Yep; I know some of what my cape is made of now. And I know we all have one, cobbled together from the things we didn’t expect.

We use our capes to dry tears and build forts and clean spaghetti-stained faces. We spread them on the ground for impromptu picnics. We wrap our kids tight in giant cape hugs. We wave them in the air like the white flag of surrender. We hide under them in the midst of the storm.

The best kind of capes are like the best kind of lovies. Used. Worn. Soft. Totally gross to untrained eye. Absolutely perfect with their pilled surfaces and crusty bits and the nutty smell of home.


Some of us talked about this on Facebook this week; your responses were my favorite thing on the internet. So I wanted to ask you here, too, where more moms and dads and nonparents — all of the fallible, fantastic people — can be encouraged:

“…You’re already wearing your cape, mama. You probably just didn’t recognize it because it’s not made out of materials you’re used to. Your cape is made of playing and snuggling and painted toes. Mine is made of Otter Pops and basking in the sun on threadbare towels.”

And you? What is the evolution of your cape? What’s it made of?


On Being a Mombie and Cutting Ourselves Some Slack

May 14 2013

Questions. They’re too much pressure. I think we should make a pact right now to stop answering them.

How are you?
Do you want a receipt?
What’s for dinner?
Are you finished in the bathroom?

Sometimes I don’t know.

I’m not trying to avoid the question; I just honestly have no idea.

I’m sorry, Mr. Barista, who’s waiting patiently for an answer while the line piles up behind me. I can’t possibly decide whether I want a receipt. I already made a decision in this coffee shop. It was to order a cappuccino. Then you wanted to know whether I wanted it wet, dry or traditional. Traditional, please; I think; I don’t know. For here or to go? “For to go,” I said. Do I need a sleeve on it? “No?,” I said with conviction.  

The receipt question, though, while well-intended, is a bridge to far, man. My brain flickered and went out, and now it’s stuck in an infinity loop. Do I want a receipt? Do I want a receipt? In this scenario — complete brain meltdown — I’m having trouble processing what a receipt is, much less whether I want one.

It’s not your fault, Mr. Barista. You’re doing a great job.

The problem is me. Or not me, really. It’s the brain tumor. Called motherhood. A big, old lump of motherhood right there in the middle of my brain. It’s progressive, this motherhood, and it causes my brain to respond unpredictably, running enthusiastically at warp speed or grinding gears to full stop. Moderation? Steady as she goes? Pffttt. These things are dead to me.

Sometimes this erratic brain of mine is good for a thousand questions like it should be in the Gifted and Talented Program for Moms, raising its hand at the front of the class and ooh ooh OOH, pick me-ing.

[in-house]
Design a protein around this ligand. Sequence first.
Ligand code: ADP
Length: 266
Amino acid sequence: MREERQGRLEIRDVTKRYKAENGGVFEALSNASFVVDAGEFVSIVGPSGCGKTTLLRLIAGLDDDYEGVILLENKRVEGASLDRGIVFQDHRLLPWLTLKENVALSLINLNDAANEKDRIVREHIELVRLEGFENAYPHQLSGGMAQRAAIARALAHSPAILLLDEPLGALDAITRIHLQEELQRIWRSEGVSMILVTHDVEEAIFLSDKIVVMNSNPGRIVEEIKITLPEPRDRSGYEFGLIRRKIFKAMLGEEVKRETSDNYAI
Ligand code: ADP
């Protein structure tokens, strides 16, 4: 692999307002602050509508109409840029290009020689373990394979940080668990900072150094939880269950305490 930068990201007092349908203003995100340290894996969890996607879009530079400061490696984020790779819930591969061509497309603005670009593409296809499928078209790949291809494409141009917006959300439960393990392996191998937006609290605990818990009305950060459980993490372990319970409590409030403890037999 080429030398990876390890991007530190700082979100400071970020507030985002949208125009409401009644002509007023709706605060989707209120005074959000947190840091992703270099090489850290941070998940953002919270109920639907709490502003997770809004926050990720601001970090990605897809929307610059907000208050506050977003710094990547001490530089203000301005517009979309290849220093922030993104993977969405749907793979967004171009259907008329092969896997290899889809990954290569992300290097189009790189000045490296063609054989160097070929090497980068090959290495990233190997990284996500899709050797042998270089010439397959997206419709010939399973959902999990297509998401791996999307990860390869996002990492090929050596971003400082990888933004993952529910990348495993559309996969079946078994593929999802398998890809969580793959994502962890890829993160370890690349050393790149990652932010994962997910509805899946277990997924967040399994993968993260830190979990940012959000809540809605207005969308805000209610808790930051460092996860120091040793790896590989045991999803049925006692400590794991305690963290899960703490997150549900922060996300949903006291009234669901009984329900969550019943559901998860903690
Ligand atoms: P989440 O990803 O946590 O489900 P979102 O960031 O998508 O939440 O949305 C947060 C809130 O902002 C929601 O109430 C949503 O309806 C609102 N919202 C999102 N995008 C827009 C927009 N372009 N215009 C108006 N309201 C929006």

More often, my brain shuts down at the first question of the day, all slack-jawed and put-upon like a grumpy teenager. I think it’s faking. Playing dead. Hoping I’ll leave it alone and let it sleep in. And I’m stuck telling my brain that my kid just needs to know where his undies went, and, honestly, can’t it do this one thing to help out around here? But, no. It can’t. Infinity loop: Where is his underwear? Where is his underwear? What does the word underwear even mean? Why am I standing in the laundry room again?

Here’s what I want to say. My whole point, really.

If you ever feel like a mombie, or a space cadet, or like your brain is stuck in the middle of the highway and all the other brains are zooming past you; if you ever feel like you should be more present, more in the moment, but you can’t get your brain to turn over; you are not alone.

It’s OK.

It’s OK to be a space cadet. It’s OK to have a stuttering brain. It’s OK to have tumor called motherhood — or whatever — that takes over cognitive function or sometimes just shuts it down. It’s OK if your tumor has metastasized to your heart so it goes fluttery and soft and terrified in rapid, missed-beat succession. It’s OK if it’s moved to your lungs and affects the very air you breathe.

It’s OK.

Your brain will be back at the front of the class in no time. Or eventually. Cross my heart. In the meantime, let’s all cut ourselves some slack.


Yeah; don’t answer that. 😉


I’d ask you all if you ever feel this way or to share your mombie experiences, but, you know, questions. They’re hard. If your brain is working at warp speed today, feel free to tell us a story about a time it wasn’t. Especially the one about how you almost went to work in your tights and no skirt; that one’s a classic. For the rest of us momrades who want to encourage each other even though our brains are stalled, we can just wave at each other, like this:





On Being a Mother and a Time Traveler

May 10 2013


The problem with getting older is that we only have our youth to compare it to.

I look in my bathroom mirror, leaning gingerly over the dried toothpaste on my right and the puddle of what I hope is water on my left, and I blink mascara onto my lashes, stopping to study the fine lines and scars in magnified detail and to pluck some wandering eyebrow hairs from my chin. I lean back and notice my breasts are at half mast, and I see my stretch marks which always look like they made a poorly organized break for freedom but didn’t know which way to run and so have tripped over each other — splat! —  into a tangled, sprawling mess.